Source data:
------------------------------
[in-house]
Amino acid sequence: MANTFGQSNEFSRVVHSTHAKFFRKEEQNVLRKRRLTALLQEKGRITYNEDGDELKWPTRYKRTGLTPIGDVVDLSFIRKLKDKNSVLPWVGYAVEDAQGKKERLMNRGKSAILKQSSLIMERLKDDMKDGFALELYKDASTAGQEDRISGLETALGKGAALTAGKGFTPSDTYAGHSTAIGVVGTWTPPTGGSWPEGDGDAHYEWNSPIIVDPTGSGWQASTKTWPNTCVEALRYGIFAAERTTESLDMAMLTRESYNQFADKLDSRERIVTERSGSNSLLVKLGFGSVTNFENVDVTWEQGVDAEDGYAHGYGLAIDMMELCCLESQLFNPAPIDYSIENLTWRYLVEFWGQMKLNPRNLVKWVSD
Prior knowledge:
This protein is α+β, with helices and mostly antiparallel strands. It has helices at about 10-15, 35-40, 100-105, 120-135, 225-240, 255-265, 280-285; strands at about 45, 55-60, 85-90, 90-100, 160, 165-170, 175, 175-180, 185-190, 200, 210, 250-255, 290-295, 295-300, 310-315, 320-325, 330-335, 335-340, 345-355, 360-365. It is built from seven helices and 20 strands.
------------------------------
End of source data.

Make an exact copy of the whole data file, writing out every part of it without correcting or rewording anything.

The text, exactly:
[in-house]
Amino acid sequence: MANTFGQSNEFSRVVHSTHAKFFRKEEQNVLRKRRLTALLQEKGRITYNEDGDELKWPTRYKRTGLTPIGDVVDLSFIRKLKDKNSVLPWVGYAVEDAQGKKERLMNRGKSAILKQSSLIMERLKDDMKDGFALELYKDASTAGQEDRISGLETALGKGAALTAGKGFTPSDTYAGHSTAIGVVGTWTPPTGGSWPEGDGDAHYEWNSPIIVDPTGSGWQASTKTWPNTCVEALRYGIFAAERTTESLDMAMLTRESYNQFADKLDSRERIVTERSGSNSLLVKLGFGSVTNFENVDVTWEQGVDAEDGYAHGYGLAIDMMELCCLESQLFNPAPIDYSIENLTWRYLVEFWGQMKLNPRNLVKWVSD
Prior knowledge:
This protein is α+β, with helices and mostly antiparallel strands. It has helices at about 10-15, 35-40, 100-105, 120-135, 225-240, 255-265, 280-285; strands at about 45, 55-60, 85-90, 90-100, 160, 165-170, 175, 175-180, 185-190, 200, 210, 250-255, 290-295, 295-300, 310-315, 320-325, 330-335, 335-340, 345-355, 360-365. It is built from seven helices and 20 strands.